US-EEOC-Seal.svgIn January 2017, the Equal Employment Opportunity Commission released proposed guidance regarding workplace harassment.  Because guidance does not carry the same weight as regulations do, which require a formal notice and comment period, there is no legal requirement to solicit public comment on guidance.  However, the practice of voluntarily doing so began under former Chair Jenny Yang and provides employers a valuable opportunity to make their concerns known before the Commission finalizes guidance.

To that end, Shawe Rosenthal, in conjunction with four other law firms, led the effort on behalf of the Employment Law Alliance* to submit written comments  to the Commission’s proposed harassment guidance.  The comment period has closed, and we expect revised guidance to issue—hopefully factoring in some of our comments below!—in a few months.

Our comments were part of Employment Law 360’s top story, EEOC Draws Fire For Stance on Orientation Bias on Monday.  The ELA raised that the Commission’s inclusion of gender identity, transgender status, an individual’s intent to transition, and sexual orientation as all being within Title VII’s purview “goes beyond the plain language and legislative intent” of the statute and “reflects the commission’s impermissible trespassing into legislative rulemaking.”  The Chamber of Commerce and SHRM also expressed concerns that the guidance did not comport with current case law on this issue.

The ELA comments also addressed several other aspects of the guidance that are problematic for employers, including:

  • The guidance would broadly consider conduct occurring in a non-work related context as part of a hostile work environment. The ELA comments urge the Commission to limit incidents comprising a hostile work environment to those occurring in the physical workplace and/or at work-related event, and, consistent with relevant case law, only consider outside-of-work conduct when it is carried out by an employee with direct supervisory authority, occurs at a work-related event, or occurs between co-workers who constantly work with and see each other inside the workplace.
  • The guidance states that harassing conduct may include conduct that is not directed at the complaining party and/or occurs outside his or her presence. The ELA comments point out that this position relies on hand-picked case law and ignores precedent to the contrary.  This position also fails to clarify that the courts that do permit “second-hand” harassment grant far less weight to those incidents.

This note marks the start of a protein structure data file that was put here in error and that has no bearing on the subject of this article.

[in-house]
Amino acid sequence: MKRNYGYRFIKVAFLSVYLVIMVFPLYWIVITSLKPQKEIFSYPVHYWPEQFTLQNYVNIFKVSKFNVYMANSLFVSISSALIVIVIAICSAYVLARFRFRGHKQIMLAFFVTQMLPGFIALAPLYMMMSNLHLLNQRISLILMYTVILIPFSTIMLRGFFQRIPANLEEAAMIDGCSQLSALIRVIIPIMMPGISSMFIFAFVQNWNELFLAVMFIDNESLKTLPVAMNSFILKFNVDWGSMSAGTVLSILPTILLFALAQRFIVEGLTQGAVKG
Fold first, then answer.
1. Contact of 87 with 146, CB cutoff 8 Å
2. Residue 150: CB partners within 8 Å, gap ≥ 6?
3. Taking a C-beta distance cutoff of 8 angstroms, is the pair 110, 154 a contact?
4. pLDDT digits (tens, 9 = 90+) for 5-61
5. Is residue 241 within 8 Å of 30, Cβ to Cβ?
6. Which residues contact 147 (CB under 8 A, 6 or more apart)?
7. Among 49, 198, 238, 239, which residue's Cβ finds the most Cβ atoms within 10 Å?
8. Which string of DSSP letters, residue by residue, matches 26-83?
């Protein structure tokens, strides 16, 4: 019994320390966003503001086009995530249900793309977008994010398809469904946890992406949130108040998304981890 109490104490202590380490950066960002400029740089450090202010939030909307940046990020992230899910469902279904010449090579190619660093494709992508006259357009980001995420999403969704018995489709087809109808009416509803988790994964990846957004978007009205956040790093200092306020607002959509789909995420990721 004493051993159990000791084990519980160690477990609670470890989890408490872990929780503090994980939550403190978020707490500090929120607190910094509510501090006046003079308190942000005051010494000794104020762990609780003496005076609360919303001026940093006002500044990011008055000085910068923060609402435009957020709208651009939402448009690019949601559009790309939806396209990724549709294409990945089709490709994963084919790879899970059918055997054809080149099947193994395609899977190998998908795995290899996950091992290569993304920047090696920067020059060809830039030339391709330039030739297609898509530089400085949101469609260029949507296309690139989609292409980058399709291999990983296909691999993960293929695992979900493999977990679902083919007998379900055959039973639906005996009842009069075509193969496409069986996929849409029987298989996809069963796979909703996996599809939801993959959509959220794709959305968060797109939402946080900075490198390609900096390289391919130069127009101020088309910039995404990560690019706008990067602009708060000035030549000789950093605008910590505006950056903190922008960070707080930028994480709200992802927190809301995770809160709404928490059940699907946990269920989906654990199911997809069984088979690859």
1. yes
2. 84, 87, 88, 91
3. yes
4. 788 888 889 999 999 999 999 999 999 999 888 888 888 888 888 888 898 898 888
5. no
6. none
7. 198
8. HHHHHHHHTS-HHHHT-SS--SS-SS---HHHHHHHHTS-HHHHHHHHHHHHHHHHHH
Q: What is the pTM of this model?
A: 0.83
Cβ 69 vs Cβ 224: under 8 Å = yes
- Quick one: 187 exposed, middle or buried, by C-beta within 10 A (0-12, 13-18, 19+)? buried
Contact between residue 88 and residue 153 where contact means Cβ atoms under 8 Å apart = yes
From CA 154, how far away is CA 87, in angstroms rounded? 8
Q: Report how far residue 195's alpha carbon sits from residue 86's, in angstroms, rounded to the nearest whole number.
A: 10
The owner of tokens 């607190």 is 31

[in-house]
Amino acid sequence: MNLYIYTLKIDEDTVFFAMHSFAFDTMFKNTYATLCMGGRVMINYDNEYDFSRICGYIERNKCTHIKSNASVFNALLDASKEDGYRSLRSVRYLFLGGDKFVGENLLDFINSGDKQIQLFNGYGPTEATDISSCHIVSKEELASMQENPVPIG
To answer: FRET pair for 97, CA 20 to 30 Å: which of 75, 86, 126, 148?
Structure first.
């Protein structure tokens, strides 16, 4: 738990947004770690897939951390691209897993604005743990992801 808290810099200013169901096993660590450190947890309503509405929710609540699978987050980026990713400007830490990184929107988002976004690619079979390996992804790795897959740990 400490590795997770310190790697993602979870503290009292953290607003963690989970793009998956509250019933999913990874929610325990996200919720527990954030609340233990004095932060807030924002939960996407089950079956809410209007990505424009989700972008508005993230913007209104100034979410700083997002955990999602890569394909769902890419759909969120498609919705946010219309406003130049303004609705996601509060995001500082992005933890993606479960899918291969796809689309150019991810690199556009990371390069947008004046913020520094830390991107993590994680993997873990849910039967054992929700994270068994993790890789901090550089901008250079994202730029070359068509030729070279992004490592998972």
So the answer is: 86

• The ELA requested clarification on the guidance relating to postings on social media accounts. Specifically, the ELA asked the Commission to acknowledge an employer’s limitations in evaluating and remedying social media postings.  The ELA also urges that social postings should only be considered as part of a hostile work environment claim when there is clear evidence that the post was actually discussed inside the workplace, and when the employer has been made aware of such discussions.
  • The guidelines cite to cases that hold an employer can be vicariously liable for the conduct of a non-supervisor when the complainant “reasonably believes” based upon employer actions that the alleged harasser has authority over him or her. Because this situation is highly unusual, ELA requested that the Commission remove this section from the guidance or include a statement that such situations are rare.
  • The guidance proposes wholesale elimination of the “unwelcomeness” prong of the hostile work environment analysis. Instead, the guidance would import the unwelcomeness prong into the objectively hostile prong.  The ELA comments note that a change to the well-accepted hostile work environment analysis is not supported by case law, and, in fact, the EEOC’s only cited authority were journal articles.
  • ELA requested that the guidance clarify that unspecified general fear of retaliation, without more, cannot justify a failure to complain of a hostile work environment.
  • On the final page of the guidance, the Commission urges employers to conduct civility and bystander training. ELA takes issue with these recommendations for several reasons.  First, well-settled jurisprudence holds that Title VII is not a civility code, so conducting civility training does not prevent harassment. Moreover, the recommendation potentially runs afoul of NLRB decisions that state employers’ workplace civility policies are illegal.

* The ELA is an integrated, global practice network with more than 3,000 lawyers across more than 120 countries, all 50 U.S. states and every Canadian province. As the world’s largest practice network, the ELA provides multi-state and multi-national companies labor, employment and immigration services. The ELA has more Chambers-ranked firms than any other law firm alliance in the world. Law firms are invited to become ELA members only after a rigorous due-diligence process, including consultation with experienced in-house counsel, judges, current members, and industry leaders. Our members have significant expertise in employment-related matters.  Shawe Rosenthal is a founding member of the ELA.